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What is a Hazy IPA?

If you’ve been following craft beer trends for a while, you’ve likely noticed that hazy IPA has found a stronghold. What started out as a niche drink has turned into a mainstream brew.

5 cans of craft Hazy IPAs from Lagunitas, Ommegang, Sierra Nevada, Southern Tier, and Three Floyds
Which brewery has the haziest IPA?

So what’s the reason behind the hazy IPA’s newfound popularity? Well, it turns out that there’s a lot to love about them. Namely that if you already like Indian pale ale, chances are you love the hazy version too. But even those who normally take a pass on IPAs find themselves drawn to this juice-like, cloudy beer.

Whether you’re a hazy IPA old hat or a newbie, you may be wondering what exactly makes this beer what it is. Keep reading to learn more about the beer that has taken the industry by storm.

Not the type of beer you want to shotgun.

A 12oz can of Hazy Little Thing IPA from Sierra Nevada
We prefer the tallboy version

What Is a Hazy IPA?

If you’ve never had one before, you’re probably wondering just what the heck a Hazy IPA is anyway. For lack of a better description, they’re, well, hazy. Cloudiness is the first thing you notice about them. Pick one up, and unlike other beer types (like light-bodied pilsners), you can’t see through them.

We’ll get to what causes this cloudiness shortly, but first, there are some other things to know about hazy IPAs--like the fact that they have various names. You may hear this beverage referred to as New England IPA, juicy IPA, East Coast IPA, or unfiltered IPA. Don’t be confused if you hear these terms used interchangeably; they’re all the same thing.

Whatever name you use, the distinguishing features of a hazy IPA go beyond its haziness. Like all other IPAs, they’ve got lots of hops. But some careful brewing and less filtering deliver a beer that’s lower on the bitterness scale than other IPAs. You get a mouthfeel that’s creamier or fuller than regular IPAs and a fruity hop character.

This fruity hop character is the reason lots of people describe hazy IPAs as “juicy” or “citrus-like.” A just-poured glass is reminiscent of fresh-squeezed orange juice, and many people compare this beer type to their favorite morning beverage. And thanks to the fruity hops, hazy IPAs are pretty easy to drink.

Three Hazy IPAs from separate craft breweries
Let's narrow down the list

Best Hazy IPAs

Brewers who make great Hazy IPAs

Hazy vs. Regular IPA

If you know anything about beer, you probably already know that IPAs came from 19th-century England. This style of pale ale is all about enhancing hop flavors and aromas. IPAs are meant to be hop-forward, which means that the bitterness and fruity flavors of the hops are more noticeable than other flavor elements.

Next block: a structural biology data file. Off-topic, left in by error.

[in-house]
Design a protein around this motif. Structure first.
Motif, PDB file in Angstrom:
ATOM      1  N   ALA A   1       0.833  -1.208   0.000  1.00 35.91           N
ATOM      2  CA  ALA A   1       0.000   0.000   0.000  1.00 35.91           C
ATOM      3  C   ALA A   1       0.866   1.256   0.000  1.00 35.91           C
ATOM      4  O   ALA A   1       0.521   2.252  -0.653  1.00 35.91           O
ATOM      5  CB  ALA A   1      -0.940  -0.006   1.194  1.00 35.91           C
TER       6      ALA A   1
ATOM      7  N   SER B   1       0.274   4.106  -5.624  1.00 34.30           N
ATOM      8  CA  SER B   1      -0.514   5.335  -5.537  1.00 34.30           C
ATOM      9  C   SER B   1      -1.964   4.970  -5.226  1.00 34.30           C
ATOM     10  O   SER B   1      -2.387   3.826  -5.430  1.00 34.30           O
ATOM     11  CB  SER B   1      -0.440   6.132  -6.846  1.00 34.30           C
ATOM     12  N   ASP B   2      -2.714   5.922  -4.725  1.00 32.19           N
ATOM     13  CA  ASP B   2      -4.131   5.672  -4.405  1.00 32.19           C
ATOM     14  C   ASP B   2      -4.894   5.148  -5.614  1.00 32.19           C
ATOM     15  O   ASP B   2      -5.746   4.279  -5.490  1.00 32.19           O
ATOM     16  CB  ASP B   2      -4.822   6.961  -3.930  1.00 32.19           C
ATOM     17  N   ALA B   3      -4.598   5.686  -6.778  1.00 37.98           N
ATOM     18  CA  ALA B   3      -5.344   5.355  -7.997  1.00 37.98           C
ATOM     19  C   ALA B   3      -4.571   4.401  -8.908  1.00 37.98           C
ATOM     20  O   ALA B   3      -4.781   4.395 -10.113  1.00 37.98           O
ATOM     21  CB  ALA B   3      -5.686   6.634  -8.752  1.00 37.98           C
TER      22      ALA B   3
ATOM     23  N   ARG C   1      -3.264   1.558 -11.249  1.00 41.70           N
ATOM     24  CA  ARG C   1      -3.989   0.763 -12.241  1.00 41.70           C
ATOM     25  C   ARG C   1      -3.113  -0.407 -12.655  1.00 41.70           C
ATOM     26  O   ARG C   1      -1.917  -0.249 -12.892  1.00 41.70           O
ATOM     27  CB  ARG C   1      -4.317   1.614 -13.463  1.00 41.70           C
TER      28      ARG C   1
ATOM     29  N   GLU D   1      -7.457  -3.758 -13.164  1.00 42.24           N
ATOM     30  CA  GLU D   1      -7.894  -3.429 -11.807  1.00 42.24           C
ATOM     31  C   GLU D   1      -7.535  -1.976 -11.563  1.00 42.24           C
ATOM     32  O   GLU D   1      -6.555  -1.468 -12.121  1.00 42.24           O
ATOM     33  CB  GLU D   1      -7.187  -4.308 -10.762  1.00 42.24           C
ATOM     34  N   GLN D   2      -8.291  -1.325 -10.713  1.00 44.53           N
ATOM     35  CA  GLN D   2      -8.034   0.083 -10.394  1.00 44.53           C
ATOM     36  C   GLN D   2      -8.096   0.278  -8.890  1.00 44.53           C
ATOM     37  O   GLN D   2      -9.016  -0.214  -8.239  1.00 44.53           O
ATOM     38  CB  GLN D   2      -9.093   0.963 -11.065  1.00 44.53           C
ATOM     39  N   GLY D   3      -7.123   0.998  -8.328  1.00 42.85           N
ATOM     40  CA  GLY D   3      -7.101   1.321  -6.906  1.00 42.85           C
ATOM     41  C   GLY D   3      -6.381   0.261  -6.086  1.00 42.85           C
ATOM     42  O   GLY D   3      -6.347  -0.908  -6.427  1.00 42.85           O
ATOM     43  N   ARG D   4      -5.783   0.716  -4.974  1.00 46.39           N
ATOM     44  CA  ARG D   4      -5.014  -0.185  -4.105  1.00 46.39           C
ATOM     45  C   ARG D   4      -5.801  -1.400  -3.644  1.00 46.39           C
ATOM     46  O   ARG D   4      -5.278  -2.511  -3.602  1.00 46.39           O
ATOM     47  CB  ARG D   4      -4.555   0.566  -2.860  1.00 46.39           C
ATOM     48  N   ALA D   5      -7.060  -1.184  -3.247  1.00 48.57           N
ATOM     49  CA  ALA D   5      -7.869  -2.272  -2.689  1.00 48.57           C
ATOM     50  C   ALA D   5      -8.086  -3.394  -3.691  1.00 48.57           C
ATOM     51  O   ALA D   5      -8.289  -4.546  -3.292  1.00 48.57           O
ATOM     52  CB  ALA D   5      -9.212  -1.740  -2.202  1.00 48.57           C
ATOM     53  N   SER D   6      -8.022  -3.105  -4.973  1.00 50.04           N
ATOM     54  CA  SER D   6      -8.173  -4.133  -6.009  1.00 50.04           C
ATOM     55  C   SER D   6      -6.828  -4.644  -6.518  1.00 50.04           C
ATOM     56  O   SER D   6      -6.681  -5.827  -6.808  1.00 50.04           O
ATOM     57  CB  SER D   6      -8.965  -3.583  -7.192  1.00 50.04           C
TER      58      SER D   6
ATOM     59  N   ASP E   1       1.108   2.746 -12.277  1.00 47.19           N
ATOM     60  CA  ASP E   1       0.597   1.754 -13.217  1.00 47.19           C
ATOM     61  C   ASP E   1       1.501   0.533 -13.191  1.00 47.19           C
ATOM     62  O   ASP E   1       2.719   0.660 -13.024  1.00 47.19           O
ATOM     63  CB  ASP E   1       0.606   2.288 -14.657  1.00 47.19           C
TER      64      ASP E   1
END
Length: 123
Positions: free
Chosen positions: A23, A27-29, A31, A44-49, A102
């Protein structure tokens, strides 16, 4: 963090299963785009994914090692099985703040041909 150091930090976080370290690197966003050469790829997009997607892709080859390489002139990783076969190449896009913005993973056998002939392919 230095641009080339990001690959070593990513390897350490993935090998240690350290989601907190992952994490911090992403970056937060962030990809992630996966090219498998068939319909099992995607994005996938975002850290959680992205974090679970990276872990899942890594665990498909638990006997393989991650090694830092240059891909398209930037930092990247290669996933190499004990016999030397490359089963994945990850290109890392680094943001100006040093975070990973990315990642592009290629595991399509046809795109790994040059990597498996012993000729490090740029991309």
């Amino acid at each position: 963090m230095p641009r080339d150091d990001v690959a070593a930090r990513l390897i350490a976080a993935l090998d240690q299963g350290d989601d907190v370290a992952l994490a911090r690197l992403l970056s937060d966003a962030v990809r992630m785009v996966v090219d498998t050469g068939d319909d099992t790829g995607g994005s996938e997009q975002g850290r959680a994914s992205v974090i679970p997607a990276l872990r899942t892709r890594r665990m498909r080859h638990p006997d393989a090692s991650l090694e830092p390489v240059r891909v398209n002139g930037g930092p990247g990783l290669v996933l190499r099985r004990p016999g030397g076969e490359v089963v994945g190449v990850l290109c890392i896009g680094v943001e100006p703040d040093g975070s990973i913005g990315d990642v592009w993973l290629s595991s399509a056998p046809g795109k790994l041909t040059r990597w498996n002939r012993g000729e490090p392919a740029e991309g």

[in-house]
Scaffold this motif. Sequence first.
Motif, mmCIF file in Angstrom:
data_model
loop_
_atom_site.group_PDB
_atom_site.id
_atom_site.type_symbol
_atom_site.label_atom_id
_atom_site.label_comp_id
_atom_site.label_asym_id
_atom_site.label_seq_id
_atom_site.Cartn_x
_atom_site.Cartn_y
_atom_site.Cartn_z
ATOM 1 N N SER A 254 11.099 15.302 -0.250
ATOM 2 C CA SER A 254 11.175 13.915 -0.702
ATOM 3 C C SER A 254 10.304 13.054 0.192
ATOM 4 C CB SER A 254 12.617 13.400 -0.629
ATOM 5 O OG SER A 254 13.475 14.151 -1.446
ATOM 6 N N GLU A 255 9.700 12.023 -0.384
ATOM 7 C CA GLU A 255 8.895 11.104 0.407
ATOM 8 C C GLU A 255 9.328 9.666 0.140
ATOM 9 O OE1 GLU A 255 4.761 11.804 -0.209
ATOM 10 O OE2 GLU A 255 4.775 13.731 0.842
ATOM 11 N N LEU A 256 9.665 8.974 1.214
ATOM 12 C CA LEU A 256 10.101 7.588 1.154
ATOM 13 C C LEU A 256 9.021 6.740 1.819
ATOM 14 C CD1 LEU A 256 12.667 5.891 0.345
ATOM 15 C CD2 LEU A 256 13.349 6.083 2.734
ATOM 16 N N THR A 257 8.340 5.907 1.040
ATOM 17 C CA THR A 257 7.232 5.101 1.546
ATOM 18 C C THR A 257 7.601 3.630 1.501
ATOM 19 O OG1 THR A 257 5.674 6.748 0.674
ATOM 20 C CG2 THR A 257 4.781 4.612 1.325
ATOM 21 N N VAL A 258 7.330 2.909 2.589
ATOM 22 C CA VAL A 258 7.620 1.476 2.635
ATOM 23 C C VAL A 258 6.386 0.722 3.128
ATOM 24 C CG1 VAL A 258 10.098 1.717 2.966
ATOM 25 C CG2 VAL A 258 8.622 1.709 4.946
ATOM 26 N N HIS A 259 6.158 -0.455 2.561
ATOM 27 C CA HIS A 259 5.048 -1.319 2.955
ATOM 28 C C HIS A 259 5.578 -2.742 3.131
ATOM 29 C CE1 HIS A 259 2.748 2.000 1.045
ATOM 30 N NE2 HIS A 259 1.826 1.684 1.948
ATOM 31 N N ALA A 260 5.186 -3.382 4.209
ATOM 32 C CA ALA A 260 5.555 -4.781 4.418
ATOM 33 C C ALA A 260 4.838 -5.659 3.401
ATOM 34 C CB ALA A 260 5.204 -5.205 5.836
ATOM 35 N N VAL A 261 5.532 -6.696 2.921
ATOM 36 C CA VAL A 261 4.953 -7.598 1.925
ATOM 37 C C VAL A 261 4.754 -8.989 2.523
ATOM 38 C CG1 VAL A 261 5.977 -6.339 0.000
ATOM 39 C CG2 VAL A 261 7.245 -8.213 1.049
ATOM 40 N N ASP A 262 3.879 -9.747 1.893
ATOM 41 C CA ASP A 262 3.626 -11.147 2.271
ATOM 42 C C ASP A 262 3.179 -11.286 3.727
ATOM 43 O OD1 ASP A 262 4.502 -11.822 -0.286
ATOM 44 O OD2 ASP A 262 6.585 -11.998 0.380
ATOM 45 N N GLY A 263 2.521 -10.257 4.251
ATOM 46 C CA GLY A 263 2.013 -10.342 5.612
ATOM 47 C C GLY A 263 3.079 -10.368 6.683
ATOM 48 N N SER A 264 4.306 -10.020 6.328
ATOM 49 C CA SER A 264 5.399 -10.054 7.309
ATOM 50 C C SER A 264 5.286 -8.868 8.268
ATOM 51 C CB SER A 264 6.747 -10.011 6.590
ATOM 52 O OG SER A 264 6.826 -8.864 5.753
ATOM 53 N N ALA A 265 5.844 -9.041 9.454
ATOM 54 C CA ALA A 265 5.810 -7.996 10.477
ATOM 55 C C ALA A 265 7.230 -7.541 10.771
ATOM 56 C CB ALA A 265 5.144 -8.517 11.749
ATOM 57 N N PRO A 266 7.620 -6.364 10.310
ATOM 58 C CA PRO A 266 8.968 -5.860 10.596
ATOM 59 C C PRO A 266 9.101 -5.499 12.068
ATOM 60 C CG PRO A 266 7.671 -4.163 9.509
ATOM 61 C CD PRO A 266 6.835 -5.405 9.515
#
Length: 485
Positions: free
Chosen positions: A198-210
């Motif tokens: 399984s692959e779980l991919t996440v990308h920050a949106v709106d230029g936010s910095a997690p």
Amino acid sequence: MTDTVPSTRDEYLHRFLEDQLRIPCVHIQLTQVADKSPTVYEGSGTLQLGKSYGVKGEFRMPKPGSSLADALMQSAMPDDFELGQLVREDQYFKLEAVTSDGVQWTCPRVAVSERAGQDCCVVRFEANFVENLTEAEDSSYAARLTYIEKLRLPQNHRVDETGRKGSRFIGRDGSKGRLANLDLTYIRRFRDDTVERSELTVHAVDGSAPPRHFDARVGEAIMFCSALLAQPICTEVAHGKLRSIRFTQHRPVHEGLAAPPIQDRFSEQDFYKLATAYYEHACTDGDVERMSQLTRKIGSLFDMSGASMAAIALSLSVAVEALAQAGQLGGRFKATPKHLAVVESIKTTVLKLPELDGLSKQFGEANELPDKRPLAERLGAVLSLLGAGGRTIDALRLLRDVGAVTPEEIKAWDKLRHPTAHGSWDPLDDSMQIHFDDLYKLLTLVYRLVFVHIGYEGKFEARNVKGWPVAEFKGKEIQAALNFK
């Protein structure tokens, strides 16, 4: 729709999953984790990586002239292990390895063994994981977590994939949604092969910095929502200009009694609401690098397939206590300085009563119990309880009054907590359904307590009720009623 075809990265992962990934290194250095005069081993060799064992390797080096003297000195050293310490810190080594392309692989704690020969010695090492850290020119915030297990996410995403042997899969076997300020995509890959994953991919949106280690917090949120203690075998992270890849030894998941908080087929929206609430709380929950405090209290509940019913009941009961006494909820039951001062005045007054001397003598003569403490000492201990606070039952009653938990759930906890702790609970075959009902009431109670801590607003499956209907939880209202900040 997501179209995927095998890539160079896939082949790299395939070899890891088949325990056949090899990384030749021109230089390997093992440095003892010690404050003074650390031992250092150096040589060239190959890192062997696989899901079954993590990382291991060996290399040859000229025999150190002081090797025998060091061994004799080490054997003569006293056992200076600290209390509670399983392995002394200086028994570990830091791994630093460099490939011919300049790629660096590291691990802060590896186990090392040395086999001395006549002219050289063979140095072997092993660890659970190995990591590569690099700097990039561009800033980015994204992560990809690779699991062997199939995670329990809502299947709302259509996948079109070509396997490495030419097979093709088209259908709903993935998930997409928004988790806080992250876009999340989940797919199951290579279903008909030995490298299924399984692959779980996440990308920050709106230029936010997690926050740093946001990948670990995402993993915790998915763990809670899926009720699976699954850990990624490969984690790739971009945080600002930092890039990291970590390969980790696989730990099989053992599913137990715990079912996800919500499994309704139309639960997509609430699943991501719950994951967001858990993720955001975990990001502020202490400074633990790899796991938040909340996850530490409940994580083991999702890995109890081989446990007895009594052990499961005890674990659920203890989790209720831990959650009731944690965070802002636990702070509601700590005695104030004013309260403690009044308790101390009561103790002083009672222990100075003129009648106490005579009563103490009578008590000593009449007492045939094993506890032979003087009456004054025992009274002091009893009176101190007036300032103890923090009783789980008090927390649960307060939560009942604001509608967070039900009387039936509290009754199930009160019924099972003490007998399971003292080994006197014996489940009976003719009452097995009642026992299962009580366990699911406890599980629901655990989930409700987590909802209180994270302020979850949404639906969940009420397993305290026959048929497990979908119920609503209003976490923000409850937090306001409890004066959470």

Hops are what distinguish hazy and regular IPAs. Both types use plenty of hops, but they use them in different ways and at different points in the brewing process. Traditional IPA usually adds these hops during the boil, which is what allows the more bitter flavor to come through.

On the other hand, hazy IPAs add the hops at the end of the boil, afterward, or during fermentation (if the hops are added during fermentation, it's known as dry-hopping). Adding the hops at the end is what allows a different flavor profile to come through--one of florals, citruses, and tropical fruits. This process also gets you a much less bitter beer.

If you're at all familiar with the craft beer scene, you probably know that IPAs are quite divisive. Especially when it comes to extra hoppy versions like double IPA, you either love them, or you hate them. But most people are more than happy to sit down with a hazy IPA, whether they fall on the IPA love/hate spectrum.

Hazy-O, a Hazy IPA from Dogfish Head Brewery
Not a color combo you seen on a beer can often


What makes hazy IPAs so interesting is how much the taste can vary. Like we mentioned above, most people describe them as juicy, though others would use the word “fruity” to talk about hazy IPAs.

Indeed, the fruit flavors are intense, but brewers don’t add any fruit or juice to achieve these intense flavor profiles. Instead, they’re a result of the hops used in the brewing process. Some common flavors are orange, citrus, mango, and passionfruit. You can also find flavors like grapefruit and tangerine.

What Makes it Hazy

Traditionally, the haze was undesirable. Brewers who saw hazy batches of beer knew that their batch was likely infected.

However, things changed in the early 2000s when brewers in the North-Eastern part of the United States began to experiment with creating less bitter IPAs. A Vermont brewery was the first to release an iteration of modern-day hazy beer, which is one of the reasons they’re called New England IPAs.